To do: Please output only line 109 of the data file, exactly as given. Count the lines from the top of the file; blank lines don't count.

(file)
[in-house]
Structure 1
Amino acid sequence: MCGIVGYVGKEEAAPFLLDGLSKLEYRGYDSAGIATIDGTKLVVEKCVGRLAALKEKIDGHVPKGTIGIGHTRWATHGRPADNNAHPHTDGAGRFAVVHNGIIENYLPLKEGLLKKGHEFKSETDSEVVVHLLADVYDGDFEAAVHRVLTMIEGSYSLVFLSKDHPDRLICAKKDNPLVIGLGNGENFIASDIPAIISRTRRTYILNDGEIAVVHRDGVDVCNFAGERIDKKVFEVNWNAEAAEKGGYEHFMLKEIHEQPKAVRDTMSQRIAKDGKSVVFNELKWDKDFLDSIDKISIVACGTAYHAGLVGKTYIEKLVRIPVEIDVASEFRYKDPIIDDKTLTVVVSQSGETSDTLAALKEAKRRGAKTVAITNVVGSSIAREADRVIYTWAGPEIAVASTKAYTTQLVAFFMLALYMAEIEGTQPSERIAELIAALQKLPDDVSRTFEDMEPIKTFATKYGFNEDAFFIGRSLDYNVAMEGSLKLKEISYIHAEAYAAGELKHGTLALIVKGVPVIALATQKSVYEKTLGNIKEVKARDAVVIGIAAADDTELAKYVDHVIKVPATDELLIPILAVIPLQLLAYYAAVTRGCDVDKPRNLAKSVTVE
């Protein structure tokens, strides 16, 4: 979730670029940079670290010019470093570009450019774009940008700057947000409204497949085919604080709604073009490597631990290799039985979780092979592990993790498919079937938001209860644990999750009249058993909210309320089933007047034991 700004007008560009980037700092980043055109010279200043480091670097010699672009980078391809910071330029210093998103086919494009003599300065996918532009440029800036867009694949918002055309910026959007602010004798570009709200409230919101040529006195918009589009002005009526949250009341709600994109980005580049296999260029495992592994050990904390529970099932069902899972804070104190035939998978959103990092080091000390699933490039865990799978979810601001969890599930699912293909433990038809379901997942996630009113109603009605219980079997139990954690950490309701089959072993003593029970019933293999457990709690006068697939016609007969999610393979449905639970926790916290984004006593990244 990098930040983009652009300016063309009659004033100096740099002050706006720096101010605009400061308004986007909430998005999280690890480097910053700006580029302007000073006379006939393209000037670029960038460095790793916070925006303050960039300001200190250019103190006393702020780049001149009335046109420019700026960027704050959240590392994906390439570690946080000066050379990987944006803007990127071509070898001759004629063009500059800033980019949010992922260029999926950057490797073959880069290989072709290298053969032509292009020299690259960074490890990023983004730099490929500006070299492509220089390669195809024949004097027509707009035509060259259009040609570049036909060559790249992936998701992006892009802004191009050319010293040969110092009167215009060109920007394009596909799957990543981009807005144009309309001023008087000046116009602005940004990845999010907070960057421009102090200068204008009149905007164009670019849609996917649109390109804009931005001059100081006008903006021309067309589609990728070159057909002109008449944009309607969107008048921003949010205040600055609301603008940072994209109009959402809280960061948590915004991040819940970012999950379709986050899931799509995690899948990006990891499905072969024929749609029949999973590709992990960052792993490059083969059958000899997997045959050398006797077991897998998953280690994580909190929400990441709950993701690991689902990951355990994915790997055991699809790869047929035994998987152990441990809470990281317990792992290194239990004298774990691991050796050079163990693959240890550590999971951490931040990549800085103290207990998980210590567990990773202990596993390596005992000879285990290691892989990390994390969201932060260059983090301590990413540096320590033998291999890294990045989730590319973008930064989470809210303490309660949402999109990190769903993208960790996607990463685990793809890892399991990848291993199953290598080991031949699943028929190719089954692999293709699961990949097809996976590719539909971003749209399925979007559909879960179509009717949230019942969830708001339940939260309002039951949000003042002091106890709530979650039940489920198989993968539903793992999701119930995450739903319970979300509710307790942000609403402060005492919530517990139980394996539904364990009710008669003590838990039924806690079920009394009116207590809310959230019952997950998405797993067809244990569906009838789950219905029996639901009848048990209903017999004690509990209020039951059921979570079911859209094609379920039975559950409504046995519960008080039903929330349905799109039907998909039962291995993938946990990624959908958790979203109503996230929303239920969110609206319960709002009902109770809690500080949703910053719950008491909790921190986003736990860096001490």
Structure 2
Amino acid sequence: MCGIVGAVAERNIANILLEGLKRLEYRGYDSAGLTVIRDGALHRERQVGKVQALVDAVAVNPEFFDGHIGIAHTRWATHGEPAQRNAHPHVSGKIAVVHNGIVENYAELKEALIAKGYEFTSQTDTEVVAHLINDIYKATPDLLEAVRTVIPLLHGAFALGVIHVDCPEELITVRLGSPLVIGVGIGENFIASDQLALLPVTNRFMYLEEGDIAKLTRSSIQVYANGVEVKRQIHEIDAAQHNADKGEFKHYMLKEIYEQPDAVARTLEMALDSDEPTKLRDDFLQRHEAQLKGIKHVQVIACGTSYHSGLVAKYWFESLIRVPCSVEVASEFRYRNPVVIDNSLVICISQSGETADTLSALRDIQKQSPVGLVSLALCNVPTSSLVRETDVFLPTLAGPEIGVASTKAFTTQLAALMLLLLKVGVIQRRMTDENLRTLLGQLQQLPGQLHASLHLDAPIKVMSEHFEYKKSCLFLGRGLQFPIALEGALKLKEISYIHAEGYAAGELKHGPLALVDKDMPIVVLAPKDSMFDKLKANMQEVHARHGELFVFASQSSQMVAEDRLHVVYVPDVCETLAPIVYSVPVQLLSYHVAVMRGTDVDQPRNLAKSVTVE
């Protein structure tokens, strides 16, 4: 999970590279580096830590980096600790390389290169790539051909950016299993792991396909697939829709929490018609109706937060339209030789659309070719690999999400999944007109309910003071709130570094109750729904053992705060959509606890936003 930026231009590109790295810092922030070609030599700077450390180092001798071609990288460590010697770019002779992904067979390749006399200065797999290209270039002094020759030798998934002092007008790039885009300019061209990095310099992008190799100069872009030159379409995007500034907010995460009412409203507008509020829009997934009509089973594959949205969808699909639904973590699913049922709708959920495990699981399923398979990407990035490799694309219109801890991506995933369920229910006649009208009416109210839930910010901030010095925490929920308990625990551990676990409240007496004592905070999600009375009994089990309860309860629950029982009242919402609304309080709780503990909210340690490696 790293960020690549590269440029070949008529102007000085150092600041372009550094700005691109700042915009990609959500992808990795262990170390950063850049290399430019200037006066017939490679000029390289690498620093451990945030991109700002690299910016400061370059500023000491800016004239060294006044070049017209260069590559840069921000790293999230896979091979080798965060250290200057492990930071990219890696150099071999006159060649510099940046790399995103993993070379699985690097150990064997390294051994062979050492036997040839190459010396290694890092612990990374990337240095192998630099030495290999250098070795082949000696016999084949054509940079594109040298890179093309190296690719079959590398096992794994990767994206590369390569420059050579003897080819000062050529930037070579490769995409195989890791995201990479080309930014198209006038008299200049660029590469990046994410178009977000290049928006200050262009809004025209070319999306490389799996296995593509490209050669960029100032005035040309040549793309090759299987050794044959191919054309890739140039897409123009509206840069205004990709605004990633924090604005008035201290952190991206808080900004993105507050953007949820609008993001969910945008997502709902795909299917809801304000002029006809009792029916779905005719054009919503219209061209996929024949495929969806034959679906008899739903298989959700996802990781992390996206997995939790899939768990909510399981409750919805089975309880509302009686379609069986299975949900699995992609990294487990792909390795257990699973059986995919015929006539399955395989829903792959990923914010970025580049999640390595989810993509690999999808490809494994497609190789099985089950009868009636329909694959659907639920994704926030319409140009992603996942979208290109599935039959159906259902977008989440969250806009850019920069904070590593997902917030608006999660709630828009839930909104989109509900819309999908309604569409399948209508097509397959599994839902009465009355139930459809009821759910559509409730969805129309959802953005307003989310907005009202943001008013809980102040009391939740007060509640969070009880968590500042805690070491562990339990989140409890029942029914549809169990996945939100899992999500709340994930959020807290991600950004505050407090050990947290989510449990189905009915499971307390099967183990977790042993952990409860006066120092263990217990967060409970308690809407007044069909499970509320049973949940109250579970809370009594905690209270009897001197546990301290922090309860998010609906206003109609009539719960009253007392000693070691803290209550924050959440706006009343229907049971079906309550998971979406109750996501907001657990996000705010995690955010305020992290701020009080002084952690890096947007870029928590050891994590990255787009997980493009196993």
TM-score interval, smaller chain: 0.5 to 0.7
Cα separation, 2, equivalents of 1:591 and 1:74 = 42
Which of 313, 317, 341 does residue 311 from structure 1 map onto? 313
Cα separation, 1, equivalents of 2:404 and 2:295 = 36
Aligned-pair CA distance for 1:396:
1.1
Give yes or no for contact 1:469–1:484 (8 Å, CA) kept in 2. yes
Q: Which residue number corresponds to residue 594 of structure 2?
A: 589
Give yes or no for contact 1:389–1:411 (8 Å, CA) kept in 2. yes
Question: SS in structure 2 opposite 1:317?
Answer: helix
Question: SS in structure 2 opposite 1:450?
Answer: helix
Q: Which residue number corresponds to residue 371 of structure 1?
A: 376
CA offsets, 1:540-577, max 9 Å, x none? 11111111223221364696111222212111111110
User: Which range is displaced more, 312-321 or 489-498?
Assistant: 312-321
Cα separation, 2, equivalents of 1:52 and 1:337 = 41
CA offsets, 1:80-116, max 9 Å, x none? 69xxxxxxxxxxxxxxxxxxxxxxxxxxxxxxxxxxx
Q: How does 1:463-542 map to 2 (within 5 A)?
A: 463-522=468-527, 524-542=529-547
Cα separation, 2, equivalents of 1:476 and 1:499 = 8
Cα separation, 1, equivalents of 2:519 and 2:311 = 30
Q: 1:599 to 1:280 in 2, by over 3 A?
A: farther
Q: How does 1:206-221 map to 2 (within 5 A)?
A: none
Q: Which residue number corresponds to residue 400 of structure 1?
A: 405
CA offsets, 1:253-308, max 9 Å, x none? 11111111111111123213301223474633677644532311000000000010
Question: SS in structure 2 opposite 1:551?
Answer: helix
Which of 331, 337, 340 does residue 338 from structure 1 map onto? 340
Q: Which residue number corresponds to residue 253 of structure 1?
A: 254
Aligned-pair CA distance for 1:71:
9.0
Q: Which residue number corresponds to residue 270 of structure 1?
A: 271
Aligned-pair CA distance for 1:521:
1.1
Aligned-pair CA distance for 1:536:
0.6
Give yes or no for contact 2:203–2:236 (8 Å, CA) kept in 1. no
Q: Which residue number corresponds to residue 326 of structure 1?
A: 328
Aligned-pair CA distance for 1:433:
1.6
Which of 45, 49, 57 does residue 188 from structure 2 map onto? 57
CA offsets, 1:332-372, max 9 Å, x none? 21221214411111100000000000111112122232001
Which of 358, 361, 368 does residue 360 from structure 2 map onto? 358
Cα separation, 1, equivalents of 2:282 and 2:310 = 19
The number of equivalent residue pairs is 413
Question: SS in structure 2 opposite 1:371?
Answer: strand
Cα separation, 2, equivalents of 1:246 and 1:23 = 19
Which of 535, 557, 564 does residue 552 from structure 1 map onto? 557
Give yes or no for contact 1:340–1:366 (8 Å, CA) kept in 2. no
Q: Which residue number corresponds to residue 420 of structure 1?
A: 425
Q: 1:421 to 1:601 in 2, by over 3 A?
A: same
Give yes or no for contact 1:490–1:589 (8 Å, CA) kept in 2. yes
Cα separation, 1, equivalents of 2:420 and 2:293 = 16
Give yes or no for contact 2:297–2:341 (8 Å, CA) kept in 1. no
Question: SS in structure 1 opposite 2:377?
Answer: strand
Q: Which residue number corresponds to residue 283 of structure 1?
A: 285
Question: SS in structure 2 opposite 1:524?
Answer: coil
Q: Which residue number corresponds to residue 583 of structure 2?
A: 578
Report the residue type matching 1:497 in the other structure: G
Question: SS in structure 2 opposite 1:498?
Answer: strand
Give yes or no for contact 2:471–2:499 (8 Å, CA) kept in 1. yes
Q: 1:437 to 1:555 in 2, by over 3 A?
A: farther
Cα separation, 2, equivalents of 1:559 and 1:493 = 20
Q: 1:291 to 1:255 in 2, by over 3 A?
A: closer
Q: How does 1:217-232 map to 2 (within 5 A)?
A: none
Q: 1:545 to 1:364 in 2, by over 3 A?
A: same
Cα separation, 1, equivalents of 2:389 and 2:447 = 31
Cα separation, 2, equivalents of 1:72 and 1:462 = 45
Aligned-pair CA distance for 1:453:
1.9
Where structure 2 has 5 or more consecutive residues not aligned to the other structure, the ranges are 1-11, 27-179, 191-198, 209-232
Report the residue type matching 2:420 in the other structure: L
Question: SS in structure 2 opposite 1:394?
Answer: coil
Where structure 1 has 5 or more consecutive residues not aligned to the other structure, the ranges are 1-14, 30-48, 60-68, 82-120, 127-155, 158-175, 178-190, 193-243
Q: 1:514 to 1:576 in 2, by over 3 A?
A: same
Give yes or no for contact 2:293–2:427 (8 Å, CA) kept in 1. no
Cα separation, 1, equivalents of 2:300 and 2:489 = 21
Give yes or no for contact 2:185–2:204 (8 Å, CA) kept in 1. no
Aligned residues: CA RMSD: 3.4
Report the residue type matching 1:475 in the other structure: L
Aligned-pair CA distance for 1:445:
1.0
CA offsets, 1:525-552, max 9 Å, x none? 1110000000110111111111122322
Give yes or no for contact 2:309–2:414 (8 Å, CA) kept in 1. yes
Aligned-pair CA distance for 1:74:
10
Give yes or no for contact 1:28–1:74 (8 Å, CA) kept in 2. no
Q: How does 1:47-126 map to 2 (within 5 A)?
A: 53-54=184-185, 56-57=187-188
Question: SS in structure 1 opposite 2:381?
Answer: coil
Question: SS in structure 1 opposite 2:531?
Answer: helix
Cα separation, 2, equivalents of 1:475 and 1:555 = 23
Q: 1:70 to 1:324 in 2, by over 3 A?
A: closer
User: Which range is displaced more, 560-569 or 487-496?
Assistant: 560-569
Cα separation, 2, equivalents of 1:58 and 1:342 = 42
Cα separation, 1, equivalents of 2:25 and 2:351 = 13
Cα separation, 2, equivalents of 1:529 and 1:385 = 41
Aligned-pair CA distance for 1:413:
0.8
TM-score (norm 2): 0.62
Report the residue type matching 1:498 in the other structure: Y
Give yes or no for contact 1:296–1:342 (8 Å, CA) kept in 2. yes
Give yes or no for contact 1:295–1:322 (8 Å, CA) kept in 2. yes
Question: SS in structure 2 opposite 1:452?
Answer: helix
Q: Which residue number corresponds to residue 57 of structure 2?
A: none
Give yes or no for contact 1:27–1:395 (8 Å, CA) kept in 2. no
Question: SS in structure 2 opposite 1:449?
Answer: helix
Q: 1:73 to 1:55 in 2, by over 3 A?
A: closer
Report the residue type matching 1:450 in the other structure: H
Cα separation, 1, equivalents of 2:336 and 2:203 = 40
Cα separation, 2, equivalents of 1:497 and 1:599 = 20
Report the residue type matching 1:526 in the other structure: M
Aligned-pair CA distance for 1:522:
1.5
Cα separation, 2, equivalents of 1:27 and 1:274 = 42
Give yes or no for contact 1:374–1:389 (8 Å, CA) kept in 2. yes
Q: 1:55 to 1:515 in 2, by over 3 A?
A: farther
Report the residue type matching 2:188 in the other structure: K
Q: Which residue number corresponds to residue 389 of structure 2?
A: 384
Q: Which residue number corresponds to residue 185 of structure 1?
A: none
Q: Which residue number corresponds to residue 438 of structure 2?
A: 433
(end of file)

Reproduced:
Give yes or no for contact 2:185–2:204 (8 Å, CA) kept in 1. no